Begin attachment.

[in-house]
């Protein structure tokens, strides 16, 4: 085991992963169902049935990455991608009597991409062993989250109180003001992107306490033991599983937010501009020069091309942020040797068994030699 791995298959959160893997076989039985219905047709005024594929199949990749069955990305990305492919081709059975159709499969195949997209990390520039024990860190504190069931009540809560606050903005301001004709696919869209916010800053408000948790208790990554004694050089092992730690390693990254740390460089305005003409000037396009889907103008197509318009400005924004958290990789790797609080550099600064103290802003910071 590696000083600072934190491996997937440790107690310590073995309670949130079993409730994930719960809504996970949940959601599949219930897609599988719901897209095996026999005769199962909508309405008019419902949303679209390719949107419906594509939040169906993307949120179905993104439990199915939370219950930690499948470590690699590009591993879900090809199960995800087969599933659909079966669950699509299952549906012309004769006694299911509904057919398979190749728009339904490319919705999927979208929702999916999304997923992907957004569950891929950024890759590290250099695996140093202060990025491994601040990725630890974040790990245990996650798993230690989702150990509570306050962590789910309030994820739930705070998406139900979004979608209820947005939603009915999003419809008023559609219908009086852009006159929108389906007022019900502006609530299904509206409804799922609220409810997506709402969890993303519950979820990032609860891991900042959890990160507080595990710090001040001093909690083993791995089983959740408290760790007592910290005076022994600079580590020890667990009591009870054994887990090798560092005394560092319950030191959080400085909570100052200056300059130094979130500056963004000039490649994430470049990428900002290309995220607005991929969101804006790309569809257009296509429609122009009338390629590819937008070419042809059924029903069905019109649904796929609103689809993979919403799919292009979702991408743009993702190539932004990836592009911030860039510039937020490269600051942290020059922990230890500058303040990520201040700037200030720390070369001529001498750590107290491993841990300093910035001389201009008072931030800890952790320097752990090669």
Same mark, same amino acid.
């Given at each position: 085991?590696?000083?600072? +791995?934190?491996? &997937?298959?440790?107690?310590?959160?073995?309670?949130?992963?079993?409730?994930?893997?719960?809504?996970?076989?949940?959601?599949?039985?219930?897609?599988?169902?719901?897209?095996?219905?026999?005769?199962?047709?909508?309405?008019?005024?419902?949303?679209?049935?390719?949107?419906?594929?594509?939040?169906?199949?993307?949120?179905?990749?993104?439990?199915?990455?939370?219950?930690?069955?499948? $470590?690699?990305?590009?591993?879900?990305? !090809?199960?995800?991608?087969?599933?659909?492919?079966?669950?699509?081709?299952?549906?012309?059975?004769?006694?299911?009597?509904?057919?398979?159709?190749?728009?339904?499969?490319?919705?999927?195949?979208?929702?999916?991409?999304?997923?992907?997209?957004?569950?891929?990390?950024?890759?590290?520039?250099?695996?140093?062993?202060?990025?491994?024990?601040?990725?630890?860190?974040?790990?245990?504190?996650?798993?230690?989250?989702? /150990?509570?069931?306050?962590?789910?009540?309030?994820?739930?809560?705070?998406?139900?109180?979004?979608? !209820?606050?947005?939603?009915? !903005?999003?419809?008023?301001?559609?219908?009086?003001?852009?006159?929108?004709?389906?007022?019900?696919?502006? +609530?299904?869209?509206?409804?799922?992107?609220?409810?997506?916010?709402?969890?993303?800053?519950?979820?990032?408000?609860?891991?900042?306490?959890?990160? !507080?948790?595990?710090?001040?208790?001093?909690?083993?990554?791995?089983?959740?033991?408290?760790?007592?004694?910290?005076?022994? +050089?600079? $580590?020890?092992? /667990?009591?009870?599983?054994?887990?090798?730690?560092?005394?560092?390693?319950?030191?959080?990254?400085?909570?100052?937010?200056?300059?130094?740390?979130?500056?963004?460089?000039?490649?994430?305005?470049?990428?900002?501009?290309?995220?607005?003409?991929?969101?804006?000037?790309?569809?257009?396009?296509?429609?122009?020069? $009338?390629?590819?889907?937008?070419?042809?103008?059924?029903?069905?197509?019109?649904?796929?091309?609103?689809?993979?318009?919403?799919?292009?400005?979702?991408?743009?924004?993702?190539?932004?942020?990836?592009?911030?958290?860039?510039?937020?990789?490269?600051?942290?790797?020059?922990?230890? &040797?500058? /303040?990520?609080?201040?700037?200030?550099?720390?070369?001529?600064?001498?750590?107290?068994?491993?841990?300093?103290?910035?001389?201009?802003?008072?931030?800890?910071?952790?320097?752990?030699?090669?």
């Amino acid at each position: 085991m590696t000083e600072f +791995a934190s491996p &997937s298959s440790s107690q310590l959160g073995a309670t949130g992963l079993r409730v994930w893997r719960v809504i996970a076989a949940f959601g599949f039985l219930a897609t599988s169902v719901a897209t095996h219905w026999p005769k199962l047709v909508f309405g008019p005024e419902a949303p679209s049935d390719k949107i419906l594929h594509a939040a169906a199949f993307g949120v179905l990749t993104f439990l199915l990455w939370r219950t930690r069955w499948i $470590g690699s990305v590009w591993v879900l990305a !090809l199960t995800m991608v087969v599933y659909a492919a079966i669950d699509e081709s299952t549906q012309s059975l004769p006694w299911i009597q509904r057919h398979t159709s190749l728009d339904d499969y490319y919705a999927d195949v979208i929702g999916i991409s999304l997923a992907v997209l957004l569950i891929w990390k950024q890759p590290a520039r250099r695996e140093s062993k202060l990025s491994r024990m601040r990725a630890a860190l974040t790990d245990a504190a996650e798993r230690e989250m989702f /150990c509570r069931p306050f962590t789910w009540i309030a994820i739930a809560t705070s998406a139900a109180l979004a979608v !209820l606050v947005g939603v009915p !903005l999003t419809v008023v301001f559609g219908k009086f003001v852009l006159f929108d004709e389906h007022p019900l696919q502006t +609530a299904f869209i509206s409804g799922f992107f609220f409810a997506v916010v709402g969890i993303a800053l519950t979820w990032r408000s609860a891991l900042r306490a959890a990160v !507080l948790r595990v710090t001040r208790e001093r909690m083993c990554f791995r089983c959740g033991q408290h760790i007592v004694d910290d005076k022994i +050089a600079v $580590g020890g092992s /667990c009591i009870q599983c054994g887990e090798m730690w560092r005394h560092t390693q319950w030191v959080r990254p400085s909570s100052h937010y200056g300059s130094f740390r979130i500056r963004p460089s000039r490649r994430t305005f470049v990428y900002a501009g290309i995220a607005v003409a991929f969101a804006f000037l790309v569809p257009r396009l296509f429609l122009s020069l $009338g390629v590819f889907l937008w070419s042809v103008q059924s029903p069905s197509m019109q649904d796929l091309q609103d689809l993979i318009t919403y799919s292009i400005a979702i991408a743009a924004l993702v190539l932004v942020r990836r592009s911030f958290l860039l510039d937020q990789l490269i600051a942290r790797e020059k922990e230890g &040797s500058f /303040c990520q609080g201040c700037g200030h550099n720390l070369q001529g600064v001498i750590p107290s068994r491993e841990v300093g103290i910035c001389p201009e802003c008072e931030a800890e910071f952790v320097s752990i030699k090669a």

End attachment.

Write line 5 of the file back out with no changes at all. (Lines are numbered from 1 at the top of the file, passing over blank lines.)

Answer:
């Amino acid at each position: 085991m590696t000083e600072f +791995a934190s491996p &997937s298959s440790s107690q310590l959160g073995a309670t949130g992963l079993r409730v994930w893997r719960v809504i996970a076989a949940f959601g599949f039985l219930a897609t599988s169902v719901a897209t095996h219905w026999p005769k199962l047709v909508f309405g008019p005024e419902a949303p679209s049935d390719k949107i419906l594929h594509a939040a169906a199949f993307g949120v179905l990749t993104f439990l199915l990455w939370r219950t930690r069955w499948i $470590g690699s990305v590009w591993v879900l990305a !090809l199960t995800m991608v087969v599933y659909a492919a079966i669950d699509e081709s299952t549906q012309s059975l004769p006694w299911i009597q509904r057919h398979t159709s190749l728009d339904d499969y490319y919705a999927d195949v979208i929702g999916i991409s999304l997923a992907v997209l957004l569950i891929w990390k950024q890759p590290a520039r250099r695996e140093s062993k202060l990025s491994r024990m601040r990725a630890a860190l974040t790990d245990a504190a996650e798993r230690e989250m989702f /150990c509570r069931p306050f962590t789910w009540i309030a994820i739930a809560t705070s998406a139900a109180l979004a979608v !209820l606050v947005g939603v009915p !903005l999003t419809v008023v301001f559609g219908k009086f003001v852009l006159f929108d004709e389906h007022p019900l696919q502006t +609530a299904f869209i509206s409804g799922f992107f609220f409810a997506v916010v709402g969890i993303a800053l519950t979820w990032r408000s609860a891991l900042r306490a959890a990160v !507080l948790r595990v710090t001040r208790e001093r909690m083993c990554f791995r089983c959740g033991q408290h760790i007592v004694d910290d005076k022994i +050089a600079v $580590g020890g092992s /667990c009591i009870q599983c054994g887990e090798m730690w560092r005394h560092t390693q319950w030191v959080r990254p400085s909570s100052h937010y200056g300059s130094f740390r979130i500056r963004p460089s000039r490649r994430t305005f470049v990428y900002a501009g290309i995220a607005v003409a991929f969101a804006f000037l790309v569809p257009r396009l296509f429609l122009s020069l $009338g390629v590819f889907l937008w070419s042809v103008q059924s029903p069905s197509m019109q649904d796929l091309q609103d689809l993979i318009t919403y799919s292009i400005a979702i991408a743009a924004l993702v190539l932004v942020r990836r592009s911030f958290l860039l510039d937020q990789l490269i600051a942290r790797e020059k922990e230890g &040797s500058f /303040c990520q609080g201040c700037g200030h550099n720390l070369q001529g600064v001498i750590p107290s068994r491993e841990v300093g103290i910035c001389p201009e802003c008072e931030a800890e910071f952790v320097s752990i030699k090669a």